Pursuant to that second goal, since 2007, NKU’s College of Informatics has partnered with Chase College of Law to host annual cybersecurity symposia. The most recent, which took place at NKU this past October, tackled an array of security topics including governmental compliance, software security, mobile and computer forensics, the Internet of Things, legal issues in privacy and security and healthcare cybersecurity.
Corporate sponsors for the symposium included Nexum
, Frost Brown Todd Attorneys
, U.S. Bank
and Encore Technologies
Local company leads fight by engaging cyber-defense students
Jon Salisbury, co-founder of Newport-based technology firm Nexigen, said his company has directly benefitted from the work the CIS is doing to produce experts in cybersecurity and to connect area businesses and individuals with the resources they need to keep information safe.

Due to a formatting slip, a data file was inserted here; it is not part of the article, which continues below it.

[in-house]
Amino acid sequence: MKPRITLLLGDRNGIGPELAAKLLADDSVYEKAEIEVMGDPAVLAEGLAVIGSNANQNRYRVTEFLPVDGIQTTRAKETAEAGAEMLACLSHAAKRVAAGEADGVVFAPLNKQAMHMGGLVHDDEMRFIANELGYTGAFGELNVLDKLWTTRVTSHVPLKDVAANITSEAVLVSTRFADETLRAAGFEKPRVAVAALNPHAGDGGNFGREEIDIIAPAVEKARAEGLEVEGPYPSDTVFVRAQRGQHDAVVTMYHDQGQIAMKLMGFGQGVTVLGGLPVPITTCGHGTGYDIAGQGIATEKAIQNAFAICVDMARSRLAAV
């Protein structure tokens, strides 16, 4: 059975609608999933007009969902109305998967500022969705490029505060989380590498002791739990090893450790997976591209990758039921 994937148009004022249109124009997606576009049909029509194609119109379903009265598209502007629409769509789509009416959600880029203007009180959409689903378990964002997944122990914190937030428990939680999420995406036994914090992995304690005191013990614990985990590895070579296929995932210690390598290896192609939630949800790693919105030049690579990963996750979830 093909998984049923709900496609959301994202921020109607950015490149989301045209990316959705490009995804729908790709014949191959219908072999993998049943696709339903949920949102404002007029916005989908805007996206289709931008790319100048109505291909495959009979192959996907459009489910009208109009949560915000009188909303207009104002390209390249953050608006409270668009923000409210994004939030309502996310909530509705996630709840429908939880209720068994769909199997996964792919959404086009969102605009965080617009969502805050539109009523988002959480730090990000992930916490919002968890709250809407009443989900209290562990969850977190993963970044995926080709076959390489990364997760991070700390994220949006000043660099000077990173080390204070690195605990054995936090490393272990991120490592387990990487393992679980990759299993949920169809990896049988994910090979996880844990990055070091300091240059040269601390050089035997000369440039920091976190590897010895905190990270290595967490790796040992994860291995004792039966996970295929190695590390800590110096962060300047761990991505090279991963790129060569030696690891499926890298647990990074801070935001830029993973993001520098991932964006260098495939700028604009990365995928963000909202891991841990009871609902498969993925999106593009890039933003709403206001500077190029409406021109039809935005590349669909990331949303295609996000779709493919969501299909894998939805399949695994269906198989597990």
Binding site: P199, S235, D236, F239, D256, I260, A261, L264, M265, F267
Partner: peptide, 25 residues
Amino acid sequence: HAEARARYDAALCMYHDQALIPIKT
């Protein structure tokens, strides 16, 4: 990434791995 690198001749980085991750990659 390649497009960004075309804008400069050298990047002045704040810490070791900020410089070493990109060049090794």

Nexigen co-founder Jon Salisbury
If cybersecurity were measured by a yardstick, Salisbury explained, the region’s capabilities might have occupied one centimeter a decade ago, when Nexigen arrived on the scene.
“Nexigen offers a more broad-based approach that encompasses the whole yardstick, but those services were very expensive — too expensive for most organizations to scale. We’ve since made those tools accessible, and we’re able to do so cost-effectively,” Sailsbury said, thanks in part to agreements with NKU that leveraged the talents of “hungry kids” enrolled in the university’s cyber-defense programs.
In 2008, long before the cybersecurity conversation went mainstream, Nexigen designed a test to measure aptitude in students pursuing computer engineering careers. Salisbury and his colleagues were surprised when one 22-year-old test taker received a near-perfect score — a feat Salisbury said would be nearly impossible for anyone without extensive, in-depth understanding of cybersecurity.